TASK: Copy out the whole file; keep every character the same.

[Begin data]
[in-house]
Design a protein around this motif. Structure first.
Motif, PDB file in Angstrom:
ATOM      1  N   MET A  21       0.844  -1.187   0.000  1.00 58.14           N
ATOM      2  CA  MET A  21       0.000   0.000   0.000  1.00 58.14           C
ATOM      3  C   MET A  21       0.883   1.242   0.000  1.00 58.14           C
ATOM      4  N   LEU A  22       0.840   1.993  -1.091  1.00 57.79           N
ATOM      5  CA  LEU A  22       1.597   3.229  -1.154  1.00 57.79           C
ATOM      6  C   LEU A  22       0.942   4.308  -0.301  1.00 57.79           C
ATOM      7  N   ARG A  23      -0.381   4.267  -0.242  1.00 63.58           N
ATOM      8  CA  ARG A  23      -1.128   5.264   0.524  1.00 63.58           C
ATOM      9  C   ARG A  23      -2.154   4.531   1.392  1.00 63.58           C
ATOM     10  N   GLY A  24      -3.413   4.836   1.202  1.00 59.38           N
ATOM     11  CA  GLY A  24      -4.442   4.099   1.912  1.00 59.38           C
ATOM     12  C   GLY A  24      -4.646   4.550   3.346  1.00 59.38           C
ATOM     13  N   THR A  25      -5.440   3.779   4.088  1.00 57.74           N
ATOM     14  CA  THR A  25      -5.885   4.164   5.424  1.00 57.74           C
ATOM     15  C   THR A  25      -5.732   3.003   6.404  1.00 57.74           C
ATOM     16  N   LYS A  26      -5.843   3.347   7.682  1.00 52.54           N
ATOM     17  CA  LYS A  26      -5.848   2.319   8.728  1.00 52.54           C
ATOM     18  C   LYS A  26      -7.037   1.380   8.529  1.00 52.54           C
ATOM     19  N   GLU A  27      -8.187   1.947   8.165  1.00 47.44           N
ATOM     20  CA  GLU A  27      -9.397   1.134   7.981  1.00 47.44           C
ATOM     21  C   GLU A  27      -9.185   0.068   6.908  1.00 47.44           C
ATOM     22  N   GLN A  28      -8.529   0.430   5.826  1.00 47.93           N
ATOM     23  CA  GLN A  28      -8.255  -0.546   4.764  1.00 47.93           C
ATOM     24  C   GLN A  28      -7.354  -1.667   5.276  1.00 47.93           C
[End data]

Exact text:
[in-house]
Design a protein around this motif. Structure first.
Motif, PDB file in Angstrom:
ATOM      1  N   MET A  21       0.844  -1.187   0.000  1.00 58.14           N
ATOM      2  CA  MET A  21       0.000   0.000   0.000  1.00 58.14           C
ATOM      3  C   MET A  21       0.883   1.242   0.000  1.00 58.14           C
ATOM      4  N   LEU A  22       0.840   1.993  -1.091  1.00 57.79           N
ATOM      5  CA  LEU A  22       1.597   3.229  -1.154  1.00 57.79           C
ATOM      6  C   LEU A  22       0.942   4.308  -0.301  1.00 57.79           C
ATOM      7  N   ARG A  23      -0.381   4.267  -0.242  1.00 63.58           N
ATOM      8  CA  ARG A  23      -1.128   5.264   0.524  1.00 63.58           C
ATOM      9  C   ARG A  23      -2.154   4.531   1.392  1.00 63.58           C
ATOM     10  N   GLY A  24      -3.413   4.836   1.202  1.00 59.38           N
ATOM     11  CA  GLY A  24      -4.442   4.099   1.912  1.00 59.38           C
ATOM     12  C   GLY A  24      -4.646   4.550   3.346  1.00 59.38           C
ATOM     13  N   THR A  25      -5.440   3.779   4.088  1.00 57.74           N
ATOM     14  CA  THR A  25      -5.885   4.164   5.424  1.00 57.74           C
ATOM     15  C   THR A  25      -5.732   3.003   6.404  1.00 57.74           C
ATOM     16  N   LYS A  26      -5.843   3.347   7.682  1.00 52.54           N
ATOM     17  CA  LYS A  26      -5.848   2.319   8.728  1.00 52.54           C
ATOM     18  C   LYS A  26      -7.037   1.380   8.529  1.00 52.54           C
ATOM     19  N   GLU A  27      -8.187   1.947   8.165  1.00 47.44           N
ATOM     20  CA  GLU A  27      -9.397   1.134   7.981  1.00 47.44           C
ATOM     21  C   GLU A  27      -9.185   0.068   6.908  1.00 47.44           C
ATOM     22  N   GLN A  28      -8.529   0.430   5.826  1.00 47.93           N
ATOM     23  CA  GLN A  28      -8.255  -0.546   4.764  1.00 47.93           C
ATOM     24  C   GLN A  28      -7.354  -1.667   5.276  1.00 47.93           C